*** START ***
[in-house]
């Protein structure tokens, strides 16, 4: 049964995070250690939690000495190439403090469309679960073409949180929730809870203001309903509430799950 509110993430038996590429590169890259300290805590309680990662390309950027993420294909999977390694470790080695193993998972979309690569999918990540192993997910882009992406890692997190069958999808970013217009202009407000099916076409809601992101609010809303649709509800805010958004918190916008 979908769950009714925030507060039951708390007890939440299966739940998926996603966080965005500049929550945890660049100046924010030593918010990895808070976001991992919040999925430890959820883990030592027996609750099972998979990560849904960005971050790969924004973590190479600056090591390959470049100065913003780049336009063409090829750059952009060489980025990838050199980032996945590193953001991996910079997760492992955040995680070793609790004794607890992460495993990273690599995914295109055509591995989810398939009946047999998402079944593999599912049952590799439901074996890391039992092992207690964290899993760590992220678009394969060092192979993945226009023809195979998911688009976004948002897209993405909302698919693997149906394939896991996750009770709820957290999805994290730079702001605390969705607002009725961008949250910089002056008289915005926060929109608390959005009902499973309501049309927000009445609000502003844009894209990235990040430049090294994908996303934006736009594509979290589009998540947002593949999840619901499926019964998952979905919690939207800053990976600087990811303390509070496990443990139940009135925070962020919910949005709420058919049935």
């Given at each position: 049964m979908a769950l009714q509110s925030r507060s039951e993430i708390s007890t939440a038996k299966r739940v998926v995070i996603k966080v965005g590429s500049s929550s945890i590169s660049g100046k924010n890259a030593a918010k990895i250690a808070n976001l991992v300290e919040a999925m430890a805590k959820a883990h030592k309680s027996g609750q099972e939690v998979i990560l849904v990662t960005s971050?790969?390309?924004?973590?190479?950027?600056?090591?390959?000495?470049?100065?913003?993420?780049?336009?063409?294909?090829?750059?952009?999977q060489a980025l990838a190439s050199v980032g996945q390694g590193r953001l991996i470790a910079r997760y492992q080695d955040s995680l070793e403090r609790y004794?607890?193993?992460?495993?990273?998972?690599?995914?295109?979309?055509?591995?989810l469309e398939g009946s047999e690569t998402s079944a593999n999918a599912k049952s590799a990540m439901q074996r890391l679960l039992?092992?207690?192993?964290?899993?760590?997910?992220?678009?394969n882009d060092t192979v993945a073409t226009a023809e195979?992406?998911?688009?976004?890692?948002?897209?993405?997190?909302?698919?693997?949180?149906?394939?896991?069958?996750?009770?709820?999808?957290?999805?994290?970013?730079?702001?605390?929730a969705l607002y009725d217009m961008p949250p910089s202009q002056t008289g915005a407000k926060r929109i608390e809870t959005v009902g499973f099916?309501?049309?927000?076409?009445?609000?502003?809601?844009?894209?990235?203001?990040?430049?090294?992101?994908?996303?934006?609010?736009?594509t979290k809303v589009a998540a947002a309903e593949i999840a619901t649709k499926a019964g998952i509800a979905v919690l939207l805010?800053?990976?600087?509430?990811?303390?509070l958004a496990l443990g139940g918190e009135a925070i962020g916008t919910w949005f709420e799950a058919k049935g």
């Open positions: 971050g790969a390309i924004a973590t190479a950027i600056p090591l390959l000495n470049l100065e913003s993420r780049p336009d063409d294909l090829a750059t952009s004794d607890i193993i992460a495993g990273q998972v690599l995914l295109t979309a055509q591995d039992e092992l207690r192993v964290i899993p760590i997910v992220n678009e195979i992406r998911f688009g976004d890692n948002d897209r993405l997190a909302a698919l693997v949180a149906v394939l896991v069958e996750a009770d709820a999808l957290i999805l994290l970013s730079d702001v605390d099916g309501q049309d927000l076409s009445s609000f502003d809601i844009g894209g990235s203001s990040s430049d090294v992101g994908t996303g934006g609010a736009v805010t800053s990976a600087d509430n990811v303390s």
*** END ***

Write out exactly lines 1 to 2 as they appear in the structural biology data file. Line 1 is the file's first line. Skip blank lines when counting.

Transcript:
[in-house]
């Protein structure tokens, strides 16, 4: 049964995070250690939690000495190439403090469309679960073409949180929730809870203001309903509430799950 509110993430038996590429590169890259300290805590309680990662390309950027993420294909999977390694470790080695193993998972979309690569999918990540192993997910882009992406890692997190069958999808970013217009202009407000099916076409809601992101609010809303649709509800805010958004918190916008 979908769950009714925030507060039951708390007890939440299966739940998926996603966080965005500049929550945890660049100046924010030593918010990895808070976001991992919040999925430890959820883990030592027996609750099972998979990560849904960005971050790969924004973590190479600056090591390959470049100065913003780049336009063409090829750059952009060489980025990838050199980032996945590193953001991996910079997760492992955040995680070793609790004794607890992460495993990273690599995914295109055509591995989810398939009946047999998402079944593999599912049952590799439901074996890391039992092992207690964290899993760590992220678009394969060092192979993945226009023809195979998911688009976004948002897209993405909302698919693997149906394939896991996750009770709820957290999805994290730079702001605390969705607002009725961008949250910089002056008289915005926060929109608390959005009902499973309501049309927000009445609000502003844009894209990235990040430049090294994908996303934006736009594509979290589009998540947002593949999840619901499926019964998952979905919690939207800053990976600087990811303390509070496990443990139940009135925070962020919910949005709420058919049935």